She was fifteen, her mother’s
golden girl. She had her whole life ahead of her.
And then, in the blink of an eye, Ellie was gone.
It’s been ten years since Ellie
disappeared, but Laurel has never given up
hope of finding her daughter.
And then one day a charming and charismatic stranger called Floyd walks into a café and sweeps Laurel off her feet.
Before too long she’s staying the night at this house and being introduced to his nine year old daughter.
Poppy is precocious and pretty – and meeting her completely takes Laurel’s breath away.
Because Poppy is the spitting image of Ellie when she was that age.
And now all those unanswered questions that have haunted Laurel come flooding back.
What happened to Ellie? Where did she go?
Who still has secrets to hide?
For many years, I didn’t read Lisa Jewell books because I had in my head she wrote romance novels. I am not sure where I got that from but, thankfully, a review on one of her books finally showed me the light and I have been working my way through her back catalogue ever since, loving each one. Seeing a new release on Netgalley then I couldn’t resist requesting a copy.
On the surface, Then She Was Gone sounds like a story I have read more than once over the last few years. A young girl goes missing, her family falls apart in the aftermath, whilst all the while there are questions to answer – where did she go, why did she go, will she ever come back? The difference here is how well Lisa Jewell writes, how she builds up the story piece by piece, revealing just enough to keep you interested but not quite enough for you guess what is coming next…each time I thought I had the answer, I was wrong (until the end, when I have a feeling Jewell wanted me to figure it out!).
Here, the book is told in parts, with the reader getting to hear different voices at different times and the story moving between the past to the present. Central to each part is Laurel, the mother of the missing Ellie as she embarks on a new relationship with Floyd, whose daughter looks remarkably like Ellie. It’s hard to know where her interest in Floyd is in the man himself or his daughter as Laurel works through her feelings at the same time you do.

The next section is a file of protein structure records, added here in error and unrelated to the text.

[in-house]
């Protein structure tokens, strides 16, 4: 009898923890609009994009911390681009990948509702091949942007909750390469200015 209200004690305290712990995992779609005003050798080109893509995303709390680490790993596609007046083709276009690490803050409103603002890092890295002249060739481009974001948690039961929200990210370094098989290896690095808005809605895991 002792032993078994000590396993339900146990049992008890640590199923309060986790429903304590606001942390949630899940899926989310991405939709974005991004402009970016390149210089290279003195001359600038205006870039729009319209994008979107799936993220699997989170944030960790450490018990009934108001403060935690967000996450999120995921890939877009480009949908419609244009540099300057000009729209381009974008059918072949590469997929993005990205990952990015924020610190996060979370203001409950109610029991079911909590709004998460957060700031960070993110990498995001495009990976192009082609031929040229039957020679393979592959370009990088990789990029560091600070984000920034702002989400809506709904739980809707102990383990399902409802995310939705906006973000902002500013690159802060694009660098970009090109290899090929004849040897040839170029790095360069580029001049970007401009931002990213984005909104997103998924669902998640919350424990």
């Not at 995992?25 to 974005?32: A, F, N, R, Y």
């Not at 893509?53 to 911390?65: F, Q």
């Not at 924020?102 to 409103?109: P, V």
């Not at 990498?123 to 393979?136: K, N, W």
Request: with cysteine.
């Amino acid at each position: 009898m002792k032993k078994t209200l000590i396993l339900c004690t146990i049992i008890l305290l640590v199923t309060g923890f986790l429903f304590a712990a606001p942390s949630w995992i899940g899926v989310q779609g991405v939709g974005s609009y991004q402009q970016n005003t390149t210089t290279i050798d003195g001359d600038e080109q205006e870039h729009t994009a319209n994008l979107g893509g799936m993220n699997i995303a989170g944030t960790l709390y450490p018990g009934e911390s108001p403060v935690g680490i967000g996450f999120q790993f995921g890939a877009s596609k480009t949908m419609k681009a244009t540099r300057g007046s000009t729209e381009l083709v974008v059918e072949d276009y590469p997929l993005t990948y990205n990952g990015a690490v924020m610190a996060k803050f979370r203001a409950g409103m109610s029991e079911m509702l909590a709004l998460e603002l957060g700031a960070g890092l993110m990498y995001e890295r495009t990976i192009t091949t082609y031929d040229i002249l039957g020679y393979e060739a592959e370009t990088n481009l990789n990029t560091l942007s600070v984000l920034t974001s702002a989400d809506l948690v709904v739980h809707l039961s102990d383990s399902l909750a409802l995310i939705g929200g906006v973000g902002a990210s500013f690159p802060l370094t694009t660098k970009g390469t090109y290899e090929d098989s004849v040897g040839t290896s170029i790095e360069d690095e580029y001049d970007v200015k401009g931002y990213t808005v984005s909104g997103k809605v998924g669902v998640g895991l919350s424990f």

I really liked Laurel, she was kind, caring and human. She was damaged by losing Ellie and it had definitely impacted her life since she had gone missing, including her relationship with her other children, but she seems able of understanding this. She isn’t completely tunnel visioned, which made her behaviour feel real. She, along with the other characters, I found really well drawn, something Jewell always does well.
In fact, I’m not sure there isn’t much, if anything, she doesn’t do well. This book is well written and well plotted and there is nothing in it I would change. Loved it!
Note: I received a copy of this book in return for a fair and honest review. All thoughts, feelings and opinions are my own.
Also, this post is scheduled as I am away. As always, I would appreciate your comments but I won’t be able to reply for a few weeks.